• [0058]
    A multi-sectional guide 900 is useful in instances where the shape and dimensions along the lateral wall of the maxillary bone in the patients mouth are difficult to attach a single surgical guide. For example, a single surgical guide having both the superior and inferior ledges, such as the guide 800, may impinge on structures adjacent the superior ledge, such as the zigomatic process (cheek bone) or the infraorbital nerve, and the like. Thus, the multi-sectional guide 900 of the present invention enables the surgeon to sequentialy attach smaller guides in the patients mouth to sequentially make the necessary cuts along the ledges 910C and 910A, such that when all of the cuts have been made, a single window is formed along the lateral wall of the patient.
  • [0059]
    Referring to FIG. 11, a second subsection 901A of the surgical guide 900 is illustratively shown. This second subsection 901A includes a differently shaped ledge 910A than the ledge shown in FIG. 10 to illustrate that the configurations of the surgical guides are unique to each patient based on the results of the CT scan and 3-D imaging software used for planning the osteotomy for a particular patient. The second subsection 901A of FIG. 11 will be matched with a corresponding first subsection (not shown) in a similar manner as provided above with respect to the surgical guide subsections of FIGS. 9 and 10.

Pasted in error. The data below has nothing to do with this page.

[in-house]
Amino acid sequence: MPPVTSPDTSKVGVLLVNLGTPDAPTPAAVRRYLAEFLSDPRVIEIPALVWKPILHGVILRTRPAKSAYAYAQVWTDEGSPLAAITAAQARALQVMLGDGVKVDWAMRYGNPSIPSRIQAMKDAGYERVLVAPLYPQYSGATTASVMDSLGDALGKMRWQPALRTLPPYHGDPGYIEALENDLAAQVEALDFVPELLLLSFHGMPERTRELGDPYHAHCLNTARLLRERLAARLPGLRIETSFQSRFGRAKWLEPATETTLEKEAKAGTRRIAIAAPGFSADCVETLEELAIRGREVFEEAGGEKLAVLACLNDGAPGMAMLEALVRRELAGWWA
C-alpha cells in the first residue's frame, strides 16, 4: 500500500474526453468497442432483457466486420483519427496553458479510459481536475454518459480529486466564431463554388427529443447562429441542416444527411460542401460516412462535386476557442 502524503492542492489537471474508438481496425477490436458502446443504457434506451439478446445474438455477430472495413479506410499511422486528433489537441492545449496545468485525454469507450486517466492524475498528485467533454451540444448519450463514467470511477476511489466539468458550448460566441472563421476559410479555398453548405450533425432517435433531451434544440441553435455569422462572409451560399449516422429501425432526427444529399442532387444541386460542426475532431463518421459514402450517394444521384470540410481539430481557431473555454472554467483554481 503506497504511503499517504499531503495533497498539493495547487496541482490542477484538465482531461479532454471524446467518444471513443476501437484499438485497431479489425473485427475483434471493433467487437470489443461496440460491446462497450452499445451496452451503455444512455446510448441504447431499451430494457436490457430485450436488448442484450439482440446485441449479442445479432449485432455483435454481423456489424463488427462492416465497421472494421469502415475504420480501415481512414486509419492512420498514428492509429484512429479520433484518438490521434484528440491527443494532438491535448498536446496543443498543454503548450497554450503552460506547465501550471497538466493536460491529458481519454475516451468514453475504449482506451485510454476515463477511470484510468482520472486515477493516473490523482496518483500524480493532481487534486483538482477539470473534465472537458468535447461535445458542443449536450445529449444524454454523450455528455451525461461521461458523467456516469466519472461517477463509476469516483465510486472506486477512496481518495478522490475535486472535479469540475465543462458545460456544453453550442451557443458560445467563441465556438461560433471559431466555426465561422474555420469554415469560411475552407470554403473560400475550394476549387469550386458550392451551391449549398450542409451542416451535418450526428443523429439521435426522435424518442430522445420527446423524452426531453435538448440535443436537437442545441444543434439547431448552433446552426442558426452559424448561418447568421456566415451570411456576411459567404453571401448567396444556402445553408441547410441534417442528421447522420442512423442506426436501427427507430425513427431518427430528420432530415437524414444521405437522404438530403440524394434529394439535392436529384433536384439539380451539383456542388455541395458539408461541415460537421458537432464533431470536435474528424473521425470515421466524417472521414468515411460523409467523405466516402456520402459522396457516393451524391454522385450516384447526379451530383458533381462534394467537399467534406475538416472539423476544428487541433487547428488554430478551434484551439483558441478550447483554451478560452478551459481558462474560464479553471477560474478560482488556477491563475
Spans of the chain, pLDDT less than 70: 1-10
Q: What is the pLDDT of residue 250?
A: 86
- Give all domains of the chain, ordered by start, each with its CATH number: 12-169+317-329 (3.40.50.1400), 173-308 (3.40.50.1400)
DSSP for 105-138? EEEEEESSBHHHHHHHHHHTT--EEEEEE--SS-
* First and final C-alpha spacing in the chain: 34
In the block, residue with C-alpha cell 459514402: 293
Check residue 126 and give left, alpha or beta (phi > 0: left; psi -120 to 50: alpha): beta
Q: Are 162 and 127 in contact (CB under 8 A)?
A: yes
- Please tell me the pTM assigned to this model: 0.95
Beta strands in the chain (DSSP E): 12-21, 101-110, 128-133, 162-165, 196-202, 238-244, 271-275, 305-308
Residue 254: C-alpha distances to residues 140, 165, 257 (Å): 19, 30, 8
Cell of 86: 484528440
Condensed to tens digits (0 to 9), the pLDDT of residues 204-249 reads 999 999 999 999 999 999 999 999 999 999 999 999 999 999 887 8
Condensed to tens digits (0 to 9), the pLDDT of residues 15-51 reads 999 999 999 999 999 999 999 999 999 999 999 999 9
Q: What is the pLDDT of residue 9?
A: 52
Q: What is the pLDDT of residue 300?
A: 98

• [0060]
    As noted above, the guide can be of several pieces or sections, each one having a generally semi-lunar shaped ledge, which corresponds to a particular portion of the osteotomy, whether it is the apical, coronal, mesial or distal portion, that when all the subsections of the guide are sequentially seated and the osteotomies corresponding to such subsections are made, the entire osteotomy is created to allow the window to be opened. The size and shape of the semi-lunar ledges, as well as the depth or thickness of the ledges are formed to correspond with the results of the CT scan and 3-D imaging software used for planning the osteotomy for a particular patient, such that the edge of the ledges are aligned with and conforms to the shape of the bony floor of the sinus cavity and coronal portion of the maxilla. Moreover, the ledges of the paired subsections can be formed to include some overlap. For example, when the first subsection is attached and the cuts are made, once the first subsection is removed and the second subsection is attached, the opposing distal ends (e.g., distal end 914 in FIG. 10) of the ledges will be adjacent to a portion of the cuts made while using the first subsection guide.
  • [0061]
    Although an exemplary description of the invention has been set forth above to enable those of ordinary skill in the art to make and use the invention, that description should not be construed to limit the invention, and various modifications and variations may be made to the description without departing from the scope of the invention, as will be understood by those with ordinary skill in the art, and the scope thereof is determined by the claims that follow.
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Classifications
U.S. Classification606/87
International ClassificationA61B17/56
Cooperative ClassificationA61B2090/034, A61C8/0092, A61B17/1615, A61B17/176, A61B17/1688, A61B2017/1785, A61C1/084
European ClassificationA61B17/16S18, A61C1/08F1, A61B17/16D2, A61B17/17S6